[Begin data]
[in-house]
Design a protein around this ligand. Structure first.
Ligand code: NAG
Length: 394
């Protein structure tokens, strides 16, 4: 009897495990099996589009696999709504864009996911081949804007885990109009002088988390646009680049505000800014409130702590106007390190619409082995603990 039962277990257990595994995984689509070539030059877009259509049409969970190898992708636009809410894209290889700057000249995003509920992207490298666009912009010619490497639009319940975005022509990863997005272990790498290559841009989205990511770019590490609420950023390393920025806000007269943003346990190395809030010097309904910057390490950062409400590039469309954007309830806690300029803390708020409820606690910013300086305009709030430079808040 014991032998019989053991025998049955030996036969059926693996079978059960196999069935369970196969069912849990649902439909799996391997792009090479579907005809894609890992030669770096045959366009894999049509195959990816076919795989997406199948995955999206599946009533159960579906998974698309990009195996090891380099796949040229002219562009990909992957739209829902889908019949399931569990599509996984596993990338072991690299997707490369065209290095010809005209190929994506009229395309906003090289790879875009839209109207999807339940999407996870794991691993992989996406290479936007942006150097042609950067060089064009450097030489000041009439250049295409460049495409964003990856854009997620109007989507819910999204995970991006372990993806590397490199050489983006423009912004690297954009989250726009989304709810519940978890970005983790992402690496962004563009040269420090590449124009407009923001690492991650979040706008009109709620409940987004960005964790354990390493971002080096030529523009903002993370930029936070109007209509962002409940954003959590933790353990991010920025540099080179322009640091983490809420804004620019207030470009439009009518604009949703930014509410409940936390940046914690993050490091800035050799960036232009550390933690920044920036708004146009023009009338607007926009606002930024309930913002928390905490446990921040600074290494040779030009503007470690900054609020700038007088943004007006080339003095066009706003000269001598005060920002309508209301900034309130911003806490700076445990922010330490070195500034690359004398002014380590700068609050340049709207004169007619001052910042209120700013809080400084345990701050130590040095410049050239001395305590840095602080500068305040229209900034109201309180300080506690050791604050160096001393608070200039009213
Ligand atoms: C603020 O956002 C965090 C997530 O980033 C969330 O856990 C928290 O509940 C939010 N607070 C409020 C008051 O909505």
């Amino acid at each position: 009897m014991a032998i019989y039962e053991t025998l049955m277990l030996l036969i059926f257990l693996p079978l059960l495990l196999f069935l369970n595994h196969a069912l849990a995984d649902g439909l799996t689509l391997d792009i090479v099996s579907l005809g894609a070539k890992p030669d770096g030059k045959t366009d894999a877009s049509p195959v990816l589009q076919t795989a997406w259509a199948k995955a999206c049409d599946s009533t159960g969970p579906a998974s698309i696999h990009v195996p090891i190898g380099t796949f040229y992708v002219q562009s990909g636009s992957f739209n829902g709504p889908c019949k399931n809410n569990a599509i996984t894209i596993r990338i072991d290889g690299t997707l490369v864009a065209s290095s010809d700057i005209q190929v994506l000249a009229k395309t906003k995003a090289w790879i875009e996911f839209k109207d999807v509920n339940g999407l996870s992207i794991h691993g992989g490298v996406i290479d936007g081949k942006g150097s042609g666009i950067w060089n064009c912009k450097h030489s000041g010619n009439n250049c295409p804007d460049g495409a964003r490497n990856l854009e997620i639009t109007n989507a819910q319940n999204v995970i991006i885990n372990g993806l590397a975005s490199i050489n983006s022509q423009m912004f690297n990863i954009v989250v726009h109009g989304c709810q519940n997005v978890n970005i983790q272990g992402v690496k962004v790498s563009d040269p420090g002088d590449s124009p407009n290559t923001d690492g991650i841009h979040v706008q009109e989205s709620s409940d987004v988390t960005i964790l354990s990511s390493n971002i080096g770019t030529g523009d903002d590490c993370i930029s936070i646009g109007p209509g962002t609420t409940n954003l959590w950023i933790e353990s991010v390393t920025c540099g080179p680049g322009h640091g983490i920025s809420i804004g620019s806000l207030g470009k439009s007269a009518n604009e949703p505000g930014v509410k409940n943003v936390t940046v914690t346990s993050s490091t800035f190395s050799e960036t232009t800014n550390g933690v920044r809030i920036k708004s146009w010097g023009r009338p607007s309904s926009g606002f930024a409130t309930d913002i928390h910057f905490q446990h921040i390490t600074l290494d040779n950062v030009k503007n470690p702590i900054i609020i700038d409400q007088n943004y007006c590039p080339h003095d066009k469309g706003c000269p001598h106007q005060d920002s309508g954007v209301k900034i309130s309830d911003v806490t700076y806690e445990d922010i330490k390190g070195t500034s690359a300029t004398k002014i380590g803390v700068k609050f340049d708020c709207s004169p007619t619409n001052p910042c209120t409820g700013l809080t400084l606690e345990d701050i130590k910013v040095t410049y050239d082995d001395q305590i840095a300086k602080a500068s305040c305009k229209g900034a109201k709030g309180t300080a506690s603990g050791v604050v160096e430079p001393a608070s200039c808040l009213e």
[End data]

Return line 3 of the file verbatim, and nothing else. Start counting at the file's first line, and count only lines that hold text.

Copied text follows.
Ligand code: NAG